r&b Archive

Album Review: The “5” Royales – Soul & Swagger

There are a select few acts in musical history that didn’t sell a ton of records, yet exerted influence far beyond what their chart action might suggest. Among the most celebrated examples are The Velvet Underground and Big Star. Both groups have had said about them – apocryphally or otherwise – that they sold few

Capsule Reviews: Still More from Real Gone Music

Wrapping up the series (for now, at least), here’s the last of four entries presenting short looks at recently-released reissues and/or compilations from Real Gone Music. Vanilla Fudge – The Complete ATCO Singles Most rock fans with any sort of memory are familiar with Vanilla Fudge, and they know the band’s deceptively simple approach to

Capsule Reviews: And Yet Three More from Real Gone Music

Here’s the third of four collections of brief reviews of recently-released reissues and/or compilations from Real Gone Music. Dr. John, The Night Tripper – GRIS-gris Dr. John (aka Mac Rebbenack) was a well-known fixture on the New Orleans music scene long before he cut this, his debut album in 1968. And while he’d later enjoy

Capsule Reviews: Three More from Real Gone Music

Continuing from yesterday’s collection, here are more quick looks at recently-released reissues and/or compilations from Real Gone Music. Toomorrow: Original Soundtrack Album Seeing the names Harry Saltzman (of James Bond film fame) and Don Kirshner (of, well, Don Kirshner fame/infamy) emblazoned across the cover of this 1970 curio suggests we’re in for something that might

Capsule Reviews: Three from Real Gone Music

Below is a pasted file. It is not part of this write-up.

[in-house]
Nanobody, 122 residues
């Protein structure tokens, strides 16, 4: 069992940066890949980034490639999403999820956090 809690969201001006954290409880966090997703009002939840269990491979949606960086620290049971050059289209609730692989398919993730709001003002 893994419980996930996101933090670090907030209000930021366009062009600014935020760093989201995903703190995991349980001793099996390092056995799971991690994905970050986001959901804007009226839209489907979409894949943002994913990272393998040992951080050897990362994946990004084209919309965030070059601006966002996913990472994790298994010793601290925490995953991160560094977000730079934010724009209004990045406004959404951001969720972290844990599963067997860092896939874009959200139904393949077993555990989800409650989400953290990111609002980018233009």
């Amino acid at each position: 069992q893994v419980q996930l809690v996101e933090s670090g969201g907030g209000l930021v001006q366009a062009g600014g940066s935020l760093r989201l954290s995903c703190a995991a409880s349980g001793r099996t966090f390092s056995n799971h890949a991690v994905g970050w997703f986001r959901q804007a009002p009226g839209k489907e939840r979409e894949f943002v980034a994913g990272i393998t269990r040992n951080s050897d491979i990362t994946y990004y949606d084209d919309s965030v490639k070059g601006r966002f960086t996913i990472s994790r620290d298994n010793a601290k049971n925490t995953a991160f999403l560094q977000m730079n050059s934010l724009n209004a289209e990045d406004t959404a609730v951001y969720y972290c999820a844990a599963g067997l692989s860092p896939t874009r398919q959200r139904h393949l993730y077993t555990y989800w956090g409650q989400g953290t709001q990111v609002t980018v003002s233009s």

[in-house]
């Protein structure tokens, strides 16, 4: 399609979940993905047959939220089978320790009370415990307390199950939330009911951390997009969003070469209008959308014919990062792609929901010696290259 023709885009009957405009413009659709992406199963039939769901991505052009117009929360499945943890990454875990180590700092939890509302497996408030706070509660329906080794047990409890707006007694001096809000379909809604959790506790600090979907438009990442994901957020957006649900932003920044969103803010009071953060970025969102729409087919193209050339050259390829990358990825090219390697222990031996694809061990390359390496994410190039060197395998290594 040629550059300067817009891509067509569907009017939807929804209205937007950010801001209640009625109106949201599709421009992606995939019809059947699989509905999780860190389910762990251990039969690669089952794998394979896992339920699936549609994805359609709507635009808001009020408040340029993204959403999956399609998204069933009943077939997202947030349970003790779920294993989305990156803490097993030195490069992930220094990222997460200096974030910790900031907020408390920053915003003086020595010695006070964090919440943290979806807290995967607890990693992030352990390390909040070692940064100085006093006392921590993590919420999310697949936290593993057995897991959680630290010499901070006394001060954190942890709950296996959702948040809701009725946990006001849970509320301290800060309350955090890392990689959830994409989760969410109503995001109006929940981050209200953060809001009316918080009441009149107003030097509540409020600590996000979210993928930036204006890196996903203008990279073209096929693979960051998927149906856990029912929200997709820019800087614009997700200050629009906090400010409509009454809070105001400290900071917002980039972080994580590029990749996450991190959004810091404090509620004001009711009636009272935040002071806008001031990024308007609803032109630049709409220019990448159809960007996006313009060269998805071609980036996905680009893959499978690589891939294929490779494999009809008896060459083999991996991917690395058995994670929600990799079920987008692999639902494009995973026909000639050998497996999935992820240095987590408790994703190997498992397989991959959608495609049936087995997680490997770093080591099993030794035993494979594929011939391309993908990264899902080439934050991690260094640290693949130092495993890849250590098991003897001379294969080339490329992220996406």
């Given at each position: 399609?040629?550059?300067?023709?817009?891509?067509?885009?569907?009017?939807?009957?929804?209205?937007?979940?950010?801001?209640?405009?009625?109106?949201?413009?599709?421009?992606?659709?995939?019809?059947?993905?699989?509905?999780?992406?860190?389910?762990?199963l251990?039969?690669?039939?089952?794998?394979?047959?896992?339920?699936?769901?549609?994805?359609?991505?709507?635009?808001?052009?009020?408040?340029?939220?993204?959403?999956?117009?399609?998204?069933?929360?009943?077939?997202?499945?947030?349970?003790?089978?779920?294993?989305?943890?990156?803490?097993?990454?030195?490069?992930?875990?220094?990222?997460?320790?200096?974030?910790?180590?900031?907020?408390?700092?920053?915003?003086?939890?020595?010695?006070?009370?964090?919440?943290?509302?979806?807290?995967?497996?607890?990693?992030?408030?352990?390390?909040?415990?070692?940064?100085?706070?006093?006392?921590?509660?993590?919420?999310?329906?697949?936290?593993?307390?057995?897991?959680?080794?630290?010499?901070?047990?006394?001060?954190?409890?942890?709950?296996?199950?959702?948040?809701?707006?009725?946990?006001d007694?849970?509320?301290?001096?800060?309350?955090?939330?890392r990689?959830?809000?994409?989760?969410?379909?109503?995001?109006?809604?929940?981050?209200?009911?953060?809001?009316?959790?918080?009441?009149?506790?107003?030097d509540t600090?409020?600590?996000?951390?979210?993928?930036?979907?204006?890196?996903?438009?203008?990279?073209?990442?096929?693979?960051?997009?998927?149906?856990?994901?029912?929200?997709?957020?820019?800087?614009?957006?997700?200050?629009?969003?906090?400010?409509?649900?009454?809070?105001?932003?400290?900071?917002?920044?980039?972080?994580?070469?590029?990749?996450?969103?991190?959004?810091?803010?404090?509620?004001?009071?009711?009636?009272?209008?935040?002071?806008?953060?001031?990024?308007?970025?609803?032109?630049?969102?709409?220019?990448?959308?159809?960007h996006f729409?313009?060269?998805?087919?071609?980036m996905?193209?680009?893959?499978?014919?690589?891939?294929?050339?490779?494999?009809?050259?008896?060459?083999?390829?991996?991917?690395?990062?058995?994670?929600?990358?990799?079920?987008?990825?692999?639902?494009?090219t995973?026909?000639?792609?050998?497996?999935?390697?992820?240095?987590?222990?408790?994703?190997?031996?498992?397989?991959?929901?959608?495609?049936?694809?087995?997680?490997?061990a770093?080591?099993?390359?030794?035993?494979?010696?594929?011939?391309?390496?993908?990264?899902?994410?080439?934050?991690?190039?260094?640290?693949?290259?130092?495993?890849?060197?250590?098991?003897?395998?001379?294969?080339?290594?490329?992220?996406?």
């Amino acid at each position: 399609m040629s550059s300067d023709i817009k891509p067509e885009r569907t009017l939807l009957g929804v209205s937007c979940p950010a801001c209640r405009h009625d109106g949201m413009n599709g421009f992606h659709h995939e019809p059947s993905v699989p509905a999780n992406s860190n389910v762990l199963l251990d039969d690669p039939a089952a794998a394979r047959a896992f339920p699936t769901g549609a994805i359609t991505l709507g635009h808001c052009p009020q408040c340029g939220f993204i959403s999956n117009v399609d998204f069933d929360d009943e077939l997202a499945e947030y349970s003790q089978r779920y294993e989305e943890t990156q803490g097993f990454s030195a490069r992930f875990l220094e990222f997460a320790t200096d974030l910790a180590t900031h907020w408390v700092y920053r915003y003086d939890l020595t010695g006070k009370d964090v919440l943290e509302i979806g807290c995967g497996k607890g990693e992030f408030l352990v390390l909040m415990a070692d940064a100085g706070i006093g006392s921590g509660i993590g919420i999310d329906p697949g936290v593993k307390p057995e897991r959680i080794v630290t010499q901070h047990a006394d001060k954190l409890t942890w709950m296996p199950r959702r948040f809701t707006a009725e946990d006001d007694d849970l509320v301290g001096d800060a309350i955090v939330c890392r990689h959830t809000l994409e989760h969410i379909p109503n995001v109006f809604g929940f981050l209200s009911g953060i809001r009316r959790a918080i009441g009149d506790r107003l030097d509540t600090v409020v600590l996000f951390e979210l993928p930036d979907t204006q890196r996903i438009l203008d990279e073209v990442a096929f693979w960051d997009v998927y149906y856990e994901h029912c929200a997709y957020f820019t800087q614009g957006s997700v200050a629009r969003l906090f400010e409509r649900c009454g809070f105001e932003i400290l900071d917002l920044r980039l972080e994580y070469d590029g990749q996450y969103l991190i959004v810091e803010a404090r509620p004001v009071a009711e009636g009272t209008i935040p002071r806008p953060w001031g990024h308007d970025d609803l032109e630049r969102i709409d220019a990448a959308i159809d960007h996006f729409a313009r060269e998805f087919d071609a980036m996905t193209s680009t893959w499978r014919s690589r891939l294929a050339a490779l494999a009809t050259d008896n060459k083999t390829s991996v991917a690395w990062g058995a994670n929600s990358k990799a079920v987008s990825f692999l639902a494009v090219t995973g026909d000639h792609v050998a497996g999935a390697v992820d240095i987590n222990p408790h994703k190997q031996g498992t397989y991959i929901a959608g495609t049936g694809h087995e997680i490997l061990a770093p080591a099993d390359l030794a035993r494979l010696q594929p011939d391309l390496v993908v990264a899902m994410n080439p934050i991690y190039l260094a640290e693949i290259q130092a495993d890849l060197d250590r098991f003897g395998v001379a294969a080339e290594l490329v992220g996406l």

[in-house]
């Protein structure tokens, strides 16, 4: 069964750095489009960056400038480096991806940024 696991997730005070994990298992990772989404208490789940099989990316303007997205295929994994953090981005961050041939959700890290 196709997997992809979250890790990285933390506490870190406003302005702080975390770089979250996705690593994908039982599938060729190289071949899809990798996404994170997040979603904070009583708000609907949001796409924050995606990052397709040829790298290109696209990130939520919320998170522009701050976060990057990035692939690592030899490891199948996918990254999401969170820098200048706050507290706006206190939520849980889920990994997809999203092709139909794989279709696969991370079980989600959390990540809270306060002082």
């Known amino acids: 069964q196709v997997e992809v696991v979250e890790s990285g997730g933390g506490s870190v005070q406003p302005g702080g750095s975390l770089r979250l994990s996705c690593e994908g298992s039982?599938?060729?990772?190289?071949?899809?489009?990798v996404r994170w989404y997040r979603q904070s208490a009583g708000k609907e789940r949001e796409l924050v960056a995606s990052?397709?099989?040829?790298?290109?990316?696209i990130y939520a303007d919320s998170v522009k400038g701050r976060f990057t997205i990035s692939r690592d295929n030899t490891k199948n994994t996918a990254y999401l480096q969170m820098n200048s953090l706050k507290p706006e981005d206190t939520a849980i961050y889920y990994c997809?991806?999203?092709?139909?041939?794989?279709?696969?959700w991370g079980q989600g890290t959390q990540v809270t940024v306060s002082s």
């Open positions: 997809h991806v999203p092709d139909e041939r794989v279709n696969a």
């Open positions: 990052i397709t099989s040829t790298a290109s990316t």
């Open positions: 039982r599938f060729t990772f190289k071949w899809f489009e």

Because there’s so much of a backlog here at Musoscribe’s palatial new World HQ ( I moved recently), here’s the first of at least three collections of short reviews. These are all reissues or compilations on the Real Gone Music label, renowned (along with Rock Beat, Omnivore, Numero and a select few others) for their

Book Review: Huey “Piano” Smith and the Rocking Pneumonia Blues

One need not dig very deep into the collected history of popular music to discover tales of artists who’ve been ripped off, gotten the short end of the stick, been robbed or gotten screwed. And for a long list of reasons – many of which have to do with our country’s history of racism –

Album Review: David Ruffin – My Whole World Ended / Feelin’ Good

Sure, everybody knows The Temptations, and their many hits, including “My Girl,” and “Ain’t Too Proud to Beg,” both featuring lead vocals of David Ruffin. But fewer – especially those who followed the pop charts rather than the R&B one – are familiar with Ruffin’s solo work. This set pairs Ruffin’s first two albums (both

Ask Me Some Questions: The Graham Parker Interview, Part 4

Continued from Part Three… Bill Kopp: As much as I love your songwriting, two of my favorite tunes of yours have always been “Hold Back the Night” and “I Want You Back,” both soul/r&b covers. How did you discover that sort of music when you were young, and – since it has clearly influenced your

Ask Me Some Questions: The Graham Parker Interview, Part 3

Continued from Part Two… Bill Kopp: As the new Ask Me No Questions documentary points out, you parted ways with The Rumour after The Up Escalator (1980), but with the exception of Another Grey Area (1982), you pretty much continued to work with guitarist Brinsley Schwarz on many of your recordings. What was it about

Ask Me Some Questions: The Graham Parker Interview, Part 2

Continued from Part One… Bill Kopp: In the new documentary film Don’t Ask Me Questions, you come off very authentically as a sensitive, soft-spoken individual. But back in the 80s, like many people, I think, I was convinced of your reputation as an angry, sort of perhaps even confrontational artist. How and why do you